Mumbai, July 7: The name Khan carries much baggage as it is often considered synonymous with the name of an anti-agent of a society. Kabir Khan who recently gave his directorial hit, “New York” based on terrorism, discovered the same when he went to a passport office.

He is married to Mini Mathur who is a famous television host. Basking in the glory of New York’s success, Kabir wanted to join his wife in Malaysia for a holiday.

Mini is in Malaysia shooting for Sony’s show, “Iss Jungle Se Mujhe Bachao”.

Kabir’s contemplations
“How could a Khan be married to a Mathur?” they asked Kabir at the passport office.

The director says, “It’s hard to believe that in this day and age, I am asked why my wife’s name is Mathur, when mine is Khan.

“Mini’s anchoring a reality show in the Malaysian jungles and I wanted to join her. But at the passport office they say, ‘How can your wife have a different name and that too from another community?’

“I’m used to it. But it’s still shocking to know that such a mindset exists in supposedly cosmopolitan Mumbai.”

All this left him deep in thought.

“On a subjective level, I don’t mind the questions. They don’t take away from my identity. Even today we get invitations for ‘Mr & Mrs Mini Mathur’.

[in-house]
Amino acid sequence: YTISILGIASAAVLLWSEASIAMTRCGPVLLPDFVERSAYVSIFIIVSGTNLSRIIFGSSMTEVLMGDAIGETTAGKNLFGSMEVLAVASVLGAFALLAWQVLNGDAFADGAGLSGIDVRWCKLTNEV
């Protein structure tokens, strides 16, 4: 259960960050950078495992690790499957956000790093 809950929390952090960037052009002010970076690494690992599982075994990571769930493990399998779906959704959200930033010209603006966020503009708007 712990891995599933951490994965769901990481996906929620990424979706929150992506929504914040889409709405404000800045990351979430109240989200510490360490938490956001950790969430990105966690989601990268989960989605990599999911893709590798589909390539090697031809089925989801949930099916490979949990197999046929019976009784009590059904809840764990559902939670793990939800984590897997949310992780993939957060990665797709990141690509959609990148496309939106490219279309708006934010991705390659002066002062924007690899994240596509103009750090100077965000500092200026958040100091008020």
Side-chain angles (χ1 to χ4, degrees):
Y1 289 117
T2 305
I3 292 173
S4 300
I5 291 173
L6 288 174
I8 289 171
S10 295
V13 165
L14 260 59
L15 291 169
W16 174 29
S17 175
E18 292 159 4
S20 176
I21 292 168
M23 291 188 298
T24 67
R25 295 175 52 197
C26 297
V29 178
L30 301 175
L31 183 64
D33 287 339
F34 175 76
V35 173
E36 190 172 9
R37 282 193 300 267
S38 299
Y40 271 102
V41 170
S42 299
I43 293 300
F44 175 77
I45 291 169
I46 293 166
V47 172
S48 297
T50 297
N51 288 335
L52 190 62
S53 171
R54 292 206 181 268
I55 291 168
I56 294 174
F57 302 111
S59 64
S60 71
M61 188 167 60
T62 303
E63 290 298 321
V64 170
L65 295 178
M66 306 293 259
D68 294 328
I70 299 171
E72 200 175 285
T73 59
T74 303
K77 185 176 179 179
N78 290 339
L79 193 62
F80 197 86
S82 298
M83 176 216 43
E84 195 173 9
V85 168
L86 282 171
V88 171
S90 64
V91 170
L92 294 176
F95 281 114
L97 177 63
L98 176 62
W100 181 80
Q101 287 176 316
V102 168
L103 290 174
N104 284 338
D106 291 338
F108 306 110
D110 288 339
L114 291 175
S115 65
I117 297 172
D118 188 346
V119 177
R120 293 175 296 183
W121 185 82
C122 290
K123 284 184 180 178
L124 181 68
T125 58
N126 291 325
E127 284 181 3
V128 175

“I don’t mind being known as Kabir Mathur. But the point is that I’m questioned for being a ‘Khan’, and that’s not easy to live with,” he mused.

An incident that left him thinking
As if now the last name, Khan, has not created any problems for him.

But he recalled,“I was accompanying my wife to the US with the Morani brothers. We were flying from LA to Washington just 15 days after 9/11. So the fear and paranoia was not unjustified.

“We were waiting for take off and talking to each other in Hindi when some passengers complained that we were talking in a ‘strange’ language. Within no time, two burly FBI agents came on board and took me and my co-passengers to the front of the plane.

“When they learnt my name, they questioned me for over two hours, googled my name for terrorist links and then finally allowed me to fly. They asked me if I had been to Pakistan. I said ‘no’. If I had told them I had been to Afganistan, they’d have freaked out.”

But the story didn’t end there. He says, “Two other passengers on board refused to fly with us. So they were asked to deplane, the logic being that if my name was cleared, by no means could I be prevented from traveling.

So you see, post-9/11, persecution comes with its inbuilt safety measures.”